For people affected by arthritis, regular exercise can go a long way toward relieving chronic discomfort. Exercise strengthens muscles so that there’s less stress on inflamed joints. According to the Arthritis Foundation, a national advocacy group, swimming is one of the best types of exercise for people struggling with arthritis. The natural buoyancy of water supports the body’s weight, which relieves joint stress and minimizes pain.

What Is Arthritis?

Arthritis is a rheumatic disorder that affects the joints. Its two primary symptoms are joint pain and joint stiffness. The Centers for Disease Control and Health Information notes that there are more than 100 different diseases that are classified as arthritis. Among the most common are:

Osteoarthritis: Osteoarthritis causes cartilage to break down. Cartilage is the hard connective tissue that typically forms at the juncture of two bones when they articulate to form a joint. Osteoarthritis is commonly associated with aging but can also be caused by an acute injury.

• Rheumatoid arthritis: Rheumatoid arthritis is an autoimmune disorder in which the immune system forms antibodies that attack the joints as well as other tissues. Rheumatoid arthritis initially attacks the synovial lining within the joints, which leads to erosion of cartilage.

• Lupus: Lupus is another autoimmune disease that can cause severe damage to the joints as well as to other parts of the body, including the skin, kidneys, heart, lungs and blood cells.

• Gout: Gout is a form of arthritis in which uric acid crystals accumulate in the joint of the big toe, causing inflammation and intense pain.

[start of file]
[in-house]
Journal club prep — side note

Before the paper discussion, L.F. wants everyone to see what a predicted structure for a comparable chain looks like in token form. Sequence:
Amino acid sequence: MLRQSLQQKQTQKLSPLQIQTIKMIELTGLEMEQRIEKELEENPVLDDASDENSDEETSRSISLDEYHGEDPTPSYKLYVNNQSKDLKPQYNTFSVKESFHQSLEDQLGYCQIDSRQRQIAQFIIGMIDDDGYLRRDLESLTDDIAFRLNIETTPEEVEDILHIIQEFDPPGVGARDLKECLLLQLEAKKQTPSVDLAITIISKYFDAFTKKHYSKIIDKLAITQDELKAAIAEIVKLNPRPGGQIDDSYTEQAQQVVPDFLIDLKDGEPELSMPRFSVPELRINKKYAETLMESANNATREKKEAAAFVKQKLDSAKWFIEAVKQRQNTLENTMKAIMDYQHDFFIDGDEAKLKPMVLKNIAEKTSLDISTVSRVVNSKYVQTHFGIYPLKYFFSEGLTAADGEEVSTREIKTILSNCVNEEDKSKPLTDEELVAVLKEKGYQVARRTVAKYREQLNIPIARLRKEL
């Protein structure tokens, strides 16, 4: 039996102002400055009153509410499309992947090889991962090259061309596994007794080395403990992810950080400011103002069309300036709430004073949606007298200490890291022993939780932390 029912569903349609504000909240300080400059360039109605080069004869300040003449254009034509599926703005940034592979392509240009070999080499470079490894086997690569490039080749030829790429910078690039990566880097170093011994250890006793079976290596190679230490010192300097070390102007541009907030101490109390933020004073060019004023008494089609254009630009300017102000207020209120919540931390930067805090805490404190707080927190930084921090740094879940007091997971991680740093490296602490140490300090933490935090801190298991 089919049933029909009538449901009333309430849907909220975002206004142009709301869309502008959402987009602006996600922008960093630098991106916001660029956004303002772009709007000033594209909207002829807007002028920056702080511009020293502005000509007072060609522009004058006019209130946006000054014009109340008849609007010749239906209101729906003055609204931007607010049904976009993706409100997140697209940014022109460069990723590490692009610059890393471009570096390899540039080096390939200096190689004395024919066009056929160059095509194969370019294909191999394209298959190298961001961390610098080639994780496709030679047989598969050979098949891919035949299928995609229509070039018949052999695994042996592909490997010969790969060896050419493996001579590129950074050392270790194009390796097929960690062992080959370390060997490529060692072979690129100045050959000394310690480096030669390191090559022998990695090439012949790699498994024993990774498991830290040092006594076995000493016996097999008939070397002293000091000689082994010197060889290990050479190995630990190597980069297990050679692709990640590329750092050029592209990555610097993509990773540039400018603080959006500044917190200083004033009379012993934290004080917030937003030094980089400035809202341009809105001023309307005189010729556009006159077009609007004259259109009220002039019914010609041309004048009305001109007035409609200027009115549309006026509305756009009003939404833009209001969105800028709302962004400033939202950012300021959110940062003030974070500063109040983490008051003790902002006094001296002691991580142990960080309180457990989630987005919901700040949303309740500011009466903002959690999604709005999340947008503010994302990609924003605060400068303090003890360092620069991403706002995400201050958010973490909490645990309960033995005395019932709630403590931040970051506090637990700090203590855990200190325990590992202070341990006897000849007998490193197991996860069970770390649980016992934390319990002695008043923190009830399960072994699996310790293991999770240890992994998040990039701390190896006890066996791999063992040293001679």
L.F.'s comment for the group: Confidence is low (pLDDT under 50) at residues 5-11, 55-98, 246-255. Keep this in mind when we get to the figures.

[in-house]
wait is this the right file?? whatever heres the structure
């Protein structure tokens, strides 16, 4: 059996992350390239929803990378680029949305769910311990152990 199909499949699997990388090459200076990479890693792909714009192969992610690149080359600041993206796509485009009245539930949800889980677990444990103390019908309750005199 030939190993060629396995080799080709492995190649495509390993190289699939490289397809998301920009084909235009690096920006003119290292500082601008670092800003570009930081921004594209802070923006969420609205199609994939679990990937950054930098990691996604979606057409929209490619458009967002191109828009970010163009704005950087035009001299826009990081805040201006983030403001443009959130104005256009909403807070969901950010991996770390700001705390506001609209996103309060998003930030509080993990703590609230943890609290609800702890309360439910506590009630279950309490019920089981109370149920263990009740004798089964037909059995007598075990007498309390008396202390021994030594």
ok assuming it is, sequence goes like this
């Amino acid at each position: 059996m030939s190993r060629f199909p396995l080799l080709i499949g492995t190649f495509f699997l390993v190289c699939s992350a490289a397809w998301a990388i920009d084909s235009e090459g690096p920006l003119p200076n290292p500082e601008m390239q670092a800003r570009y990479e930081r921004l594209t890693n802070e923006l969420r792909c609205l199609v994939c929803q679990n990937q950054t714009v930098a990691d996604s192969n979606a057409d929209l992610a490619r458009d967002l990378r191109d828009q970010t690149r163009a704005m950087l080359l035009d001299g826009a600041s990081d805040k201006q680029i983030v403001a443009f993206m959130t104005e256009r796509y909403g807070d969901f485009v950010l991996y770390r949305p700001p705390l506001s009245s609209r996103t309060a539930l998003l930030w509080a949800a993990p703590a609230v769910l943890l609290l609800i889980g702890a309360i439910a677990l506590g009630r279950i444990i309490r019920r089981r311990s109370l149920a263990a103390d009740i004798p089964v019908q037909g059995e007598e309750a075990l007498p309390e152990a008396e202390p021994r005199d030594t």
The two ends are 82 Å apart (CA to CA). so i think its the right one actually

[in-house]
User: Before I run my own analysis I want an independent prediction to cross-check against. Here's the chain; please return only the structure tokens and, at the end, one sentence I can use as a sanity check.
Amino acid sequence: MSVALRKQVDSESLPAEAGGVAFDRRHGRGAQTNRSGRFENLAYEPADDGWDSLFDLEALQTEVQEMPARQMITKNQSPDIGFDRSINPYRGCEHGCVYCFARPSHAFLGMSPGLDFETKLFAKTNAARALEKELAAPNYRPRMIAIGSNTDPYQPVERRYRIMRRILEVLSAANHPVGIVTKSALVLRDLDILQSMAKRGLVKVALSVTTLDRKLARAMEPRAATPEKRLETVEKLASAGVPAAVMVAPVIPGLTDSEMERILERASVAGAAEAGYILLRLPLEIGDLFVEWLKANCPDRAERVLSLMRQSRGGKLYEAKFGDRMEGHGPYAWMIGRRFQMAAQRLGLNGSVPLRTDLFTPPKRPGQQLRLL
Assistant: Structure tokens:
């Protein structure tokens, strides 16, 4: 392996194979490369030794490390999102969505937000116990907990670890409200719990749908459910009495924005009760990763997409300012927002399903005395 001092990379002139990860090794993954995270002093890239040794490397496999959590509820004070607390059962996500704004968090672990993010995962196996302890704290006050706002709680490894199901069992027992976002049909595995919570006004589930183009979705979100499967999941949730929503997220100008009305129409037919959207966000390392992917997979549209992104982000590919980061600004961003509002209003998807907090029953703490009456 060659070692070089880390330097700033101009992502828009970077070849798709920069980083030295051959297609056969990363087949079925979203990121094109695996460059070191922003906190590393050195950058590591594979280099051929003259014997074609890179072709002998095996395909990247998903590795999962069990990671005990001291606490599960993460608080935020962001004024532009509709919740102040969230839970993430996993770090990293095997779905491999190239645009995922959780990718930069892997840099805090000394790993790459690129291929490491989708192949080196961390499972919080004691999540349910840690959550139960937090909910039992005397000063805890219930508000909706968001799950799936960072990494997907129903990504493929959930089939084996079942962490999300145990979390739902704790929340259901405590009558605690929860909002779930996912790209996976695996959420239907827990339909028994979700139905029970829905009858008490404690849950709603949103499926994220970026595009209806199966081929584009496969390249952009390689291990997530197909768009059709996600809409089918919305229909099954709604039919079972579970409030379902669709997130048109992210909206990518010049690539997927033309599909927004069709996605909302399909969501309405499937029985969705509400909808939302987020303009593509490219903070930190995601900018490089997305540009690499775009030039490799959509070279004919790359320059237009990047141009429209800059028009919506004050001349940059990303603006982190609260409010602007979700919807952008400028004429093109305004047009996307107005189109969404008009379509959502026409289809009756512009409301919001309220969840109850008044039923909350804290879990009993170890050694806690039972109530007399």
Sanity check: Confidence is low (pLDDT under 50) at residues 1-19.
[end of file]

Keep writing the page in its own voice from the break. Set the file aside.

• Septic arthritis: Septic arthritis is an inflammation of a joint that’s caused or exacerbated by bacteria, viruses, fungi or parasites.

How Swimming Helps Arthritis Sufferers

When you swim in a pool, the water supports approximately 90 percent of your body weight. You can move relatively vigorously without placing undue strain on your joints because the water is holding up your body. This allows you to tone up your muscles. Strong muscles may help make movement far less painful when you’re outside the pool. Swimming is not only an excellent therapy for arthritis sufferers. Swimming may also help prevent the development of arthritis if your health care provider has identified arthritis as a risk.

Swimming is also a way that people with arthritis can build cardiovascular endurance. Swimming in warm water may feel the best, but exercise experts say that it’s better to swim in a cooler pool. When you exercise, both your heart rate and your blood pressure rise. Cooler water will help your heart rate and blood pressure from rising too quickly.

Water Exercises for Arthritis

There are many different types of exercise you can do in a pool:

• Swimming laps: Each swimming stroke mobilizes the joints in a different way. You may have to do some experimentation to find the stroke that best fits your needs. Many people find the crawl to be optimal exercise since when you’re doing this stroke. Only 20 percent of your forward momentum is actually provided by the kicking motion of your legs. When you do the crawl, you’re using your legs primarily for balance and stability. Kick boards and other swimming equipment can also help you maintain your strokes when you’re swimming laps in a pool.

• Aqua-jogging: Aqua-jogging is running in place while you’re standing in a pool. This is a weight-bearing exercise, but jogging in a pool lessens the strain on your knees and hips by 50 percent as compared to walking on land.

• Aqua-aerobics: Aqua-aerobics is a type of resistance training that’s done while you’re standing waist-deep in a pool. Many types exercise can be performed in this manner, including yoga and Zumba. One benefit of aqua-aerobics is that it provides a good workout for the upper part of your body as well as for your legs.

If you have arthritis, custom pools in Houston may be just what the doctor ordered.

About the author

Paisley Hansen

Paisley Hansen is a freelance writer and expert in health, fitness, beauty, and fashion. When she isn’t writing she can usually be found reading a good book or hitting the gym

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